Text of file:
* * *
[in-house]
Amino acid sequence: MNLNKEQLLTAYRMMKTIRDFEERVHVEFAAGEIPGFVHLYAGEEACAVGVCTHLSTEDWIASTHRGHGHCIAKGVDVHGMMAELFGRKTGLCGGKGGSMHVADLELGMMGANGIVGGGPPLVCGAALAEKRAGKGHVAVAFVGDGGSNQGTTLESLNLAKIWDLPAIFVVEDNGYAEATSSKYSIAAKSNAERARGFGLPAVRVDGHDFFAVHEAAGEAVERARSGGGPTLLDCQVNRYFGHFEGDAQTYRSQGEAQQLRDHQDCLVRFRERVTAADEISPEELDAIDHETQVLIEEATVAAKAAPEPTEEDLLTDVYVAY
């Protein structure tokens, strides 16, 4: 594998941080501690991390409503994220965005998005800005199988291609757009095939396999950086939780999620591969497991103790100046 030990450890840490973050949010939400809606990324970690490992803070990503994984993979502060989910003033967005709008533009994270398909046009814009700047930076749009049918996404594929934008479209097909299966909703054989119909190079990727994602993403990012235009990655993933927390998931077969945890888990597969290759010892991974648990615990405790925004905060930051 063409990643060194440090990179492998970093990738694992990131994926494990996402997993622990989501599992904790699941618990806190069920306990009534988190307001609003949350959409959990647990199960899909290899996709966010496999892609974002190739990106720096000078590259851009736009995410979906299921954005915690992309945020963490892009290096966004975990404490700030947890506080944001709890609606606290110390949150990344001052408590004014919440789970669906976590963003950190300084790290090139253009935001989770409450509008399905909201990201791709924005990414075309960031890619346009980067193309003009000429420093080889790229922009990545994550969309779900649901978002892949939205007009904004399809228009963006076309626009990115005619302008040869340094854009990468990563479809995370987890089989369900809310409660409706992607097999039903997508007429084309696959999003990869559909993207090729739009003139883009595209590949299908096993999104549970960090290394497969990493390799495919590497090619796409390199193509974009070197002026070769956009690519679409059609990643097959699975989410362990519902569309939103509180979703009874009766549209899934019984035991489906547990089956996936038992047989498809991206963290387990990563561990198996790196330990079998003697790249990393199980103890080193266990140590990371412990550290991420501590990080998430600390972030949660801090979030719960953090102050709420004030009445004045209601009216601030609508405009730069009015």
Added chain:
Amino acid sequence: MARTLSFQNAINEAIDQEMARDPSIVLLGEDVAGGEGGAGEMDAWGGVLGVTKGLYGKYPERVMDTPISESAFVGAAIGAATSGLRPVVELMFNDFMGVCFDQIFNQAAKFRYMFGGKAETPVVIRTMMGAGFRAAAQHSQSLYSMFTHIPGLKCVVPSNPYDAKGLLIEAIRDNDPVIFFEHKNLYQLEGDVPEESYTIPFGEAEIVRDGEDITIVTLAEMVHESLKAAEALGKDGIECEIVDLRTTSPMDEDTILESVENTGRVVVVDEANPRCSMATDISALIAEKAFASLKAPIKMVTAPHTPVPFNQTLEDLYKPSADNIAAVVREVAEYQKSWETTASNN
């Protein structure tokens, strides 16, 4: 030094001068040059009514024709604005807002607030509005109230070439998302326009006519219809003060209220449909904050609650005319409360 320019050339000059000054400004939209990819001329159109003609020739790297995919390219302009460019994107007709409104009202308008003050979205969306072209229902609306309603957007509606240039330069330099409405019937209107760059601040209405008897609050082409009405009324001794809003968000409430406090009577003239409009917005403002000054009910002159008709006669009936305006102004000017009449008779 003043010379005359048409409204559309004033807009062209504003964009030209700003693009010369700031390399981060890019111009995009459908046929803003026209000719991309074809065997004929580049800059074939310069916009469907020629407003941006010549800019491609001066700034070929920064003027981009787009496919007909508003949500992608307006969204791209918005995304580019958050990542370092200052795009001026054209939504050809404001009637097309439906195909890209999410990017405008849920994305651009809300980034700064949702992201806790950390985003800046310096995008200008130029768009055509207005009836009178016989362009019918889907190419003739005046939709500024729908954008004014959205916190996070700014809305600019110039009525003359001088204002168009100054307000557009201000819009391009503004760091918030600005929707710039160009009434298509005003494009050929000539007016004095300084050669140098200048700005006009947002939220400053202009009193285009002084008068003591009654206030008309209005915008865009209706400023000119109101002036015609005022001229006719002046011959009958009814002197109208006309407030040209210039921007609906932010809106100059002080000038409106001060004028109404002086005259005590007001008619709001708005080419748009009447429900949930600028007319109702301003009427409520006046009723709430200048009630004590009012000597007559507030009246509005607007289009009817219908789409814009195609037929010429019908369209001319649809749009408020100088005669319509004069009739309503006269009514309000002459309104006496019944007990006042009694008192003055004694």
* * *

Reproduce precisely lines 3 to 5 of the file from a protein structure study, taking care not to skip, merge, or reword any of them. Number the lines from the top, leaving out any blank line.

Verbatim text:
């Protein structure tokens, strides 16, 4: 594998941080501690991390409503994220965005998005800005199988291609757009095939396999950086939780999620591969497991103790100046 030990450890840490973050949010939400809606990324970690490992803070990503994984993979502060989910003033967005709008533009994270398909046009814009700047930076749009049918996404594929934008479209097909299966909703054989119909190079990727994602993403990012235009990655993933927390998931077969945890888990597969290759010892991974648990615990405790925004905060930051 063409990643060194440090990179492998970093990738694992990131994926494990996402997993622990989501599992904790699941618990806190069920306990009534988190307001609003949350959409959990647990199960899909290899996709966010496999892609974002190739990106720096000078590259851009736009995410979906299921954005915690992309945020963490892009290096966004975990404490700030947890506080944001709890609606606290110390949150990344001052408590004014919440789970669906976590963003950190300084790290090139253009935001989770409450509008399905909201990201791709924005990414075309960031890619346009980067193309003009000429420093080889790229922009990545994550969309779900649901978002892949939205007009904004399809228009963006076309626009990115005619302008040869340094854009990468990563479809995370987890089989369900809310409660409706992607097999039903997508007429084309696959999003990869559909993207090729739009003139883009595209590949299908096993999104549970960090290394497969990493390799495919590497090619796409390199193509974009070197002026070769956009690519679409059609990643097959699975989410362990519902569309939103509180979703009874009766549209899934019984035991489906547990089956996936038992047989498809991206963290387990990563561990198996790196330990079998003697790249990393199980103890080193266990140590990371412990550290991420501590990080998430600390972030949660801090979030719960953090102050709420004030009445004045209601009216601030609508405009730069009015």
Added chain:
Amino acid sequence: MARTLSFQNAINEAIDQEMARDPSIVLLGEDVAGGEGGAGEMDAWGGVLGVTKGLYGKYPERVMDTPISESAFVGAAIGAATSGLRPVVELMFNDFMGVCFDQIFNQAAKFRYMFGGKAETPVVIRTMMGAGFRAAAQHSQSLYSMFTHIPGLKCVVPSNPYDAKGLLIEAIRDNDPVIFFEHKNLYQLEGDVPEESYTIPFGEAEIVRDGEDITIVTLAEMVHESLKAAEALGKDGIECEIVDLRTTSPMDEDTILESVENTGRVVVVDEANPRCSMATDISALIAEKAFASLKAPIKMVTAPHTPVPFNQTLEDLYKPSADNIAAVVREVAEYQKSWETTASNN